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My building in the Financial District was converted to residential several years ago under the 421-g tax abatement program. Should I be rent-stabilized? If so, what would that mean for my rent?
As of now, 421-g buildings are not stabilized, but this could change due to a case that will be heard in the Court of Appeals, says Sam Himmelstein, a lawyer at the firm Himmelstein, McConnell, Gribben, Donoghue & Joseph LLP, who represents residential and commercial tenants and tenant associations.
From 1995 to 2006, commercial buildings in the Financial District were converted to residential use under the 421-g program, a tax abatement program designed to help revitalize the neighborhood.
“Landlords got tax breaks for doing so, but the issue is that for years, tenants were not treated as rent-stabilized,” Himmelstein says.
In buildings with similar tax abatement programs, like 421-a, tenants are rent-stabilized as a condition of the tax break. Serge Joseph, a partner at HMGDJ Law, has represented tenants from 421-g buildings in court, arguing that they should be stabilized. Decisions from the lower courts have been mixed; a mid-level appellate court previously ruled in the landlords’ favor, but now the case is going to the Court of Appeals, the highest court in the state; a decision is expected early next year.
“The legislation was enacted in 1995 and the language is pretty clear,” says Joseph. “But when the bill was making its way through the state Senate, months after it had passed the Democrat-controlled Assembly, then-Mayor Giuliani and Senate Leader Joseph Bruno, both Republicans, sent letters to each other interpreting the law in a way permitting for deregulation of most of the apartments in buildings participating in the program. They then had their letters read into the Senate record. And this has been what the landlords and some of the courts have accepted as the basis for interpreting the legislation to permit deregulation.”
If the Court of Appeals rules that the apartments should be stabilized, between 5,000 and 10,000 tenants will be affected.
“Almost all of these apartments had initial rents above the threshold for deregulation, which used to be $2,000, and then went up to $2,500 and then $2,700,” Himmelstein says. “The landlords’ argument is that the legislation never intended to make the apartments rent-stabilized because there was recognition they would already be above the vacancy deregulation threshold.”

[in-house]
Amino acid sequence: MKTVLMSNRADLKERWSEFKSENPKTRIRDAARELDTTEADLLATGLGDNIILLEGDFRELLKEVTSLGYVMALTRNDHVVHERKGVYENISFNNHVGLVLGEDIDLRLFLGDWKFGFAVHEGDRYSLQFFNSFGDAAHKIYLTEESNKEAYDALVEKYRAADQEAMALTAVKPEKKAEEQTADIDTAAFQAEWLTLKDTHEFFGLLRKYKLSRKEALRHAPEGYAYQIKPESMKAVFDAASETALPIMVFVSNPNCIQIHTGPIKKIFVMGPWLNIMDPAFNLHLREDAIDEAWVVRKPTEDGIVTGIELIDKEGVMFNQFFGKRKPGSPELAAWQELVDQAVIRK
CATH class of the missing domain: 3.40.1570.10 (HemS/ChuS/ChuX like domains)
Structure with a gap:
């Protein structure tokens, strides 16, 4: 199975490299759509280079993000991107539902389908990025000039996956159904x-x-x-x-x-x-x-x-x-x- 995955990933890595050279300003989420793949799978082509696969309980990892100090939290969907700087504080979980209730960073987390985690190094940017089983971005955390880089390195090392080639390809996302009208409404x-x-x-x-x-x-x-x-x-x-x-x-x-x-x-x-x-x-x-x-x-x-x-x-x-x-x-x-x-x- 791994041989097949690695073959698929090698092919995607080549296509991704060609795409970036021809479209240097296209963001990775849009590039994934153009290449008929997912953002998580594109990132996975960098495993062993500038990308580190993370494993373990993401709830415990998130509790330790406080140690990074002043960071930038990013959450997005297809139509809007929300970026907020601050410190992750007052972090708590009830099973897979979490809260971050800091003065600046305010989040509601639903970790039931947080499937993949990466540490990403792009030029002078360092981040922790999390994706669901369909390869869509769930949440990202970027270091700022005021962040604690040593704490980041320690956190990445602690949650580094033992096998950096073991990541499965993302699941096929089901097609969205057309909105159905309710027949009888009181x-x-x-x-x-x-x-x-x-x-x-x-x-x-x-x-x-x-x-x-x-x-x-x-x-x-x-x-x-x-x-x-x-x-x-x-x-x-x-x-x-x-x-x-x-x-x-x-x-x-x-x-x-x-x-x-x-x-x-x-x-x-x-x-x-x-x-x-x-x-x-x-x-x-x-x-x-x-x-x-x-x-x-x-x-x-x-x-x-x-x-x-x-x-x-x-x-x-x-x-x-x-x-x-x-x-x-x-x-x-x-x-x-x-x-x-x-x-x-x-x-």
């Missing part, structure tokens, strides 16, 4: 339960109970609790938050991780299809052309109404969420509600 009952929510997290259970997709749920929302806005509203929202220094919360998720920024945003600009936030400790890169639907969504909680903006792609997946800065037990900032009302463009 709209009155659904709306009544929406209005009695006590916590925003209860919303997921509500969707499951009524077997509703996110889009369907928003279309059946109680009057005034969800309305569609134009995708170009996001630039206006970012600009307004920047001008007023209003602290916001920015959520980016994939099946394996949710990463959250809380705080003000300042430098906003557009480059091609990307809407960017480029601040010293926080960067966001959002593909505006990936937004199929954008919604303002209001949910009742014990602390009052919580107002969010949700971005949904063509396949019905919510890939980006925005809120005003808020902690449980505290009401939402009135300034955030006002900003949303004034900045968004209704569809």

But if the Court of Appeals rules in favor of the tenants, they will then be under the protection of rent stabilization, which would mean new leases, stronger protections against eviction, and limitations on how much landlords can raise their rent, as set by the Rent Guidelines Board.
“There should be discussion and determination of what their legal rent should be, since they were not treated as rent stabilized in the past, and they may be entitled to recover from past overcharges,” Joseph says.
This would apply, too, to tenants in buildings where the tax abatement already expired, as long as they were residing there while it was still in effect.
The appellate division, which previously ruled against the tenants, granted the firm’s appeal to take the case to the Court of Appeals, which could bode well for residents of 421-g buildings.
“It could mean they’re not so sure about the decision, or think that the issue needs to be resolved by the highest court in state,” Himmelstein says.
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Sam Himmelstein, Esq., represents NYC tenants and tenant associations in disputes over evictions, rent increases, rental conversions, rent stabilization law, lease buyouts, and many other issues. He is a partner at Himmelstein, McConnell, Gribben, Donoghue & Joseph in Manhattan. To submit a question for this column, click here. To ask about a legal consultation, email Sam at firstname.lastname@example.org or call (212) 349-3000.